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Myocardial native T1 relaxation times are highly dependent on the blood T1 values

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Journal of Cardiovascular Magnetic Resonance201517 (Suppl 1) :Q3

https://doi.org/10.1186/1532-429X-17-S1-Q3

  • Published:

Keywords

  • Left Ventricular Hypertrophy
  • Myocardial Fibrosis
  • Bayer Healthcare
  • Aortic Banding
  • Continuous Perfusion

Background

Pre- (native) and post-contrast myocardial T1 time calculated from T1 mapping sequences on Magnetic Resonance (MR) is currently being applied to study diffuse myocardial fibrosis in various cardiac diseases both in research and clinical area. However, because myocardium is highly perfused, its T1 time may be influenced by that of blood. Our aim was to study this association in an animal model of left ventricular hypertrophy.

Methods

23 "large white" pigs underwent contrast-enhanced 3.0 T MR (Achieva®, Philips Healthcare) before and several times (up to 5) after surgical ascending aortic banding. T1 mapping was performed using MOLLI before and 40 minutes after administration of Gd-DTPA (0.1 mmol/kg bodyweight; Magnevist, Bayer Healthcare) and a continuous perfusion of Gd-DTPA (0.011mmol/kg/min), so-called equilibrium protocol. T1 maps were generated by pixel-wise fitting of the appropriate model curves to the signal intensities. Signal intensities in pre-and post-contrast images were determined in myocardium, skeletal muscle, fat and blood.

Results

Main findings, summarized in Table 1 and Figure 1, were: 1. A strong correlation between myocardial and blood T1 times, which was stronger in the post-contrast setting (Person r=0.65 and r=0.88, respectively; both p<0.01. 2. A weak but significant correlation between skeletal muscle and blood pre and post-contrast T1 times (Person r= 0.37 and p<0.05 for both) relation. 3. Finally, no significant relation was found between fat and blood.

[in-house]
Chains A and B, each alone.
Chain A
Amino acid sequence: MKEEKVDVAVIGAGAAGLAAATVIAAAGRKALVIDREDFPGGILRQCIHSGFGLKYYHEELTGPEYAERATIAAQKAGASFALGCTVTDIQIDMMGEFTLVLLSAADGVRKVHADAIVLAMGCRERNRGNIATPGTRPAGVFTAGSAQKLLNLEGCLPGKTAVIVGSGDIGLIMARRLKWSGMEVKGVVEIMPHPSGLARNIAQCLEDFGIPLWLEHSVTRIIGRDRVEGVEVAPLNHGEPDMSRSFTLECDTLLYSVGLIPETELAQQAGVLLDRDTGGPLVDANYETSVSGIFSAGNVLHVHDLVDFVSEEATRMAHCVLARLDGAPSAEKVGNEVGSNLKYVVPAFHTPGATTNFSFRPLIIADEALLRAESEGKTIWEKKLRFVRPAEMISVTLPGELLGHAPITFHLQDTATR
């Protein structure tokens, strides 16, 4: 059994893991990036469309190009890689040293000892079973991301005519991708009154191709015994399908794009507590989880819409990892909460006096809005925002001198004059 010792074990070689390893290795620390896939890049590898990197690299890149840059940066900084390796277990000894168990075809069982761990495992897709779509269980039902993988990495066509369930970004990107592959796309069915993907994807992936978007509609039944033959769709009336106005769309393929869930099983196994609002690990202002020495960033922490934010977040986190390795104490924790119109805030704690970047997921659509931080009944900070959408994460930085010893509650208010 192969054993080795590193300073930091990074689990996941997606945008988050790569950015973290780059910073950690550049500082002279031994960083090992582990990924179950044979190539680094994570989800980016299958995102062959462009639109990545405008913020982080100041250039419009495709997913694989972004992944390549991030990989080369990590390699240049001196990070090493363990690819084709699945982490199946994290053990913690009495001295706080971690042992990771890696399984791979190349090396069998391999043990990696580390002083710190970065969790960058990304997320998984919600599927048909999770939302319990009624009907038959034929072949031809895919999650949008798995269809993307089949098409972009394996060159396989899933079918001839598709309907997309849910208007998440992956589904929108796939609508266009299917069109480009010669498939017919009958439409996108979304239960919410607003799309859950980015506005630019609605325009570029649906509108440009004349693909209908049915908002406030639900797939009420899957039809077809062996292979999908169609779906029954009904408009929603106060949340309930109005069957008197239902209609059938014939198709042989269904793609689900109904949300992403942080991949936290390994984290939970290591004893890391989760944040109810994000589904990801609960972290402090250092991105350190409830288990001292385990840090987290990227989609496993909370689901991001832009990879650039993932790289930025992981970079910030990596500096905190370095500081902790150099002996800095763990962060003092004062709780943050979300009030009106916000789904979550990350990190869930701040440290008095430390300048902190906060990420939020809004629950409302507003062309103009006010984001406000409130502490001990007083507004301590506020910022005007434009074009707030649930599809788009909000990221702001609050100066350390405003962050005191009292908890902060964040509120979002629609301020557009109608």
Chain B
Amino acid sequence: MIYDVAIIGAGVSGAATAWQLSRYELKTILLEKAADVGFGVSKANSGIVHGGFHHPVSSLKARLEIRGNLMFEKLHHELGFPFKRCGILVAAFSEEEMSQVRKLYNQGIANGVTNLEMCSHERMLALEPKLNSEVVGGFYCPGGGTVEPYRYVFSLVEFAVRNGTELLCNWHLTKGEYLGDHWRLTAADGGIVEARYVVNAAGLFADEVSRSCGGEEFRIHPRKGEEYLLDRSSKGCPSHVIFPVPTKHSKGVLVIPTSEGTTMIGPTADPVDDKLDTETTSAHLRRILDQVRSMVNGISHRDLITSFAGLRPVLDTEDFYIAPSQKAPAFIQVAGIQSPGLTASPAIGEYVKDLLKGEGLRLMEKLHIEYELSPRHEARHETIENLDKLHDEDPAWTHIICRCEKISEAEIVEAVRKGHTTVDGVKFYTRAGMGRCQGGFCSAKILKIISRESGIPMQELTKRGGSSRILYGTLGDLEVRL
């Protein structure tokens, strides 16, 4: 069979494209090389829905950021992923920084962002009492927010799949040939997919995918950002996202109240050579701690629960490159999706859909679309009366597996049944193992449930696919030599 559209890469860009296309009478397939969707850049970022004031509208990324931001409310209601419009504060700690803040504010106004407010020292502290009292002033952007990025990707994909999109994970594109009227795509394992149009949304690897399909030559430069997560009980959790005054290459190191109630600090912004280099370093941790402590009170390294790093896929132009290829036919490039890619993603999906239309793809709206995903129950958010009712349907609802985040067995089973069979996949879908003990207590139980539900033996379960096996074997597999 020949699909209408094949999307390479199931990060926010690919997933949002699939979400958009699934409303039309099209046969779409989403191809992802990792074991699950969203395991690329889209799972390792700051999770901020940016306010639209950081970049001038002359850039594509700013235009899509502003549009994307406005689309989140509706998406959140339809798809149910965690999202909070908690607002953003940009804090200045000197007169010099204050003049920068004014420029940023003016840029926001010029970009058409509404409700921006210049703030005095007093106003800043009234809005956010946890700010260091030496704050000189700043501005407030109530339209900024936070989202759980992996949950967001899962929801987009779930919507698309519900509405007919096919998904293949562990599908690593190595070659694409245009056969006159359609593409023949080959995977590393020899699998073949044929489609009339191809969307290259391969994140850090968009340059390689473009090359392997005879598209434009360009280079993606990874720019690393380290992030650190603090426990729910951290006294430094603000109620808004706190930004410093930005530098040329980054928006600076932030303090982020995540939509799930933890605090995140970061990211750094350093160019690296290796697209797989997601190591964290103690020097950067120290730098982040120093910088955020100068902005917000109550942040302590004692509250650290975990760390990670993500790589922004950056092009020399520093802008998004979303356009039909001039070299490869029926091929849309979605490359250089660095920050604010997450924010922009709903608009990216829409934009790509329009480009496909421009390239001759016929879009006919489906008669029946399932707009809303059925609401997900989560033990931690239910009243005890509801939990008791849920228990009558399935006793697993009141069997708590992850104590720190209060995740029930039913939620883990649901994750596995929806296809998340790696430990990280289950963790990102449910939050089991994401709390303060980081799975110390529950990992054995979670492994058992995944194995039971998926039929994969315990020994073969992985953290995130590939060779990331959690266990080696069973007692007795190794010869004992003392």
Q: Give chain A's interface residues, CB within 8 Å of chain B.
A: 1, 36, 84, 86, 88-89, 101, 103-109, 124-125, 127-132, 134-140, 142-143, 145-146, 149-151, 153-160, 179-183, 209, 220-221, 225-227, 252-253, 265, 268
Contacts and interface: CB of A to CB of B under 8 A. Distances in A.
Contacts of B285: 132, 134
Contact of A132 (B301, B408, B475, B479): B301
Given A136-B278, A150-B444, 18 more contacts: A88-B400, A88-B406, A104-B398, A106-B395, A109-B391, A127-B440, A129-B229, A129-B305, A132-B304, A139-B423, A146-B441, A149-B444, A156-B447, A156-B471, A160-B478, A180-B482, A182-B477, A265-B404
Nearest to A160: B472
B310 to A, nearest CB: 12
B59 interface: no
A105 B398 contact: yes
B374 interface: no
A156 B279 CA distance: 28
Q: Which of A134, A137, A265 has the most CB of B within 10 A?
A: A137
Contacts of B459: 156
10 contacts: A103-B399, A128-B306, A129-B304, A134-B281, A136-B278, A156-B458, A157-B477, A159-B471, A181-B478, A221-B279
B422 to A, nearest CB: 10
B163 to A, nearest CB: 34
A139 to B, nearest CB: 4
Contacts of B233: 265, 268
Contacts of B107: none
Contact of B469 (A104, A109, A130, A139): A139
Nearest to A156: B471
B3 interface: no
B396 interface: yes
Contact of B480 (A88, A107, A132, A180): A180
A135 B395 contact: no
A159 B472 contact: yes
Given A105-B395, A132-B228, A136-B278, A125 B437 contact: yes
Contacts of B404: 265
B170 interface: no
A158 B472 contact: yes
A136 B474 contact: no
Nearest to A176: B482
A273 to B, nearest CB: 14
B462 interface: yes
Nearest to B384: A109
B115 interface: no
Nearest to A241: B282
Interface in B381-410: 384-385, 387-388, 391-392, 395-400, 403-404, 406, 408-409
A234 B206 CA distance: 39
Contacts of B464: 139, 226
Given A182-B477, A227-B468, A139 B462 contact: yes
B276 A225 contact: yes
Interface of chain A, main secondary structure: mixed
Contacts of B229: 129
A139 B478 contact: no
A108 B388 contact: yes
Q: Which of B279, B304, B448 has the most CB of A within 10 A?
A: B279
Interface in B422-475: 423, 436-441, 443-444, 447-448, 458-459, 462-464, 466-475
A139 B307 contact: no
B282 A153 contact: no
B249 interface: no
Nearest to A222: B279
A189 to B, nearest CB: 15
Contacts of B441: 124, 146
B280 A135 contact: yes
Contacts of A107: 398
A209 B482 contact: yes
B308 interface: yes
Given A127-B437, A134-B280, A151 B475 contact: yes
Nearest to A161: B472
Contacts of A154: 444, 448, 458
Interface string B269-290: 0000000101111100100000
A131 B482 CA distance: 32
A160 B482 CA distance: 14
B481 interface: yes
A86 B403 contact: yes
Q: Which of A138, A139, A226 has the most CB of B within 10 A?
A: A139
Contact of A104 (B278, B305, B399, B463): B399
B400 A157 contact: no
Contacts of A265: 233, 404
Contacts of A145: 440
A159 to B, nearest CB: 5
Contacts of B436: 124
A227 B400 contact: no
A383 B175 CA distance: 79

Table 1

T1 signal relation between blood and different tissues

Tissue

Level of perfusion

T1 relation between tissues and blood

Person r pre-contrast

Person r post-contrast

p

Myocardium

High

High

0.647

0.881

<0.01 for both

Skeletal muscle

Intermediate

Intermediate

0.369

0.369

<0.05 for both

Fat

Low

Low

-0.037

0.231

>0.05 for both

p: p-value

Figure 1
Figure 1

Scatter plots and correlations between blood T1 and different tissues pre- and post-contrast.

Conclusions

Myocardial T1 time appears to be highly influenced by T1 time of the blood. This influence was reduced or nonexistent in tissues with in tissues with intermediate or poor levels of perfusion, such as skeletal muscle or fat, respectively. These findings should be taking into account when interpreting myocardial T1 and its relation with interstitial fibrosis.

Funding

N/A.

Authors’ Affiliations

(1)
Cardiology, Puerta de Hierro, Madrid, Spain
(2)
CNIC, Madrid, Spain
(3)
Cardiology, Hospital Clinic, Barcelona, Spain
(4)
Philips Healthcare, Madrid, Spain
(5)
The Zena and Michael A. Wiener Cardiovascular Institute, Mount Sinai School of Medicine., New York, NY, USA
(6)
Hospital Clinico San Carlos, Madrid, Spain

Copyright

© Mirelis et al; licensee BioMed Central Ltd. 2015

This article is published under license to BioMed Central Ltd. This is an Open Access article distributed under the terms of the Creative Commons Attribution License (http://creativecommons.org/licenses/by/4.0), which permits unrestricted use, distribution, and reproduction in any medium, provided the original work is properly cited. The Creative Commons Public Domain Dedication waiver (http://creativecommons.org/publicdomain/zero/1.0/) applies to the data made available in this article, unless otherwise stated.

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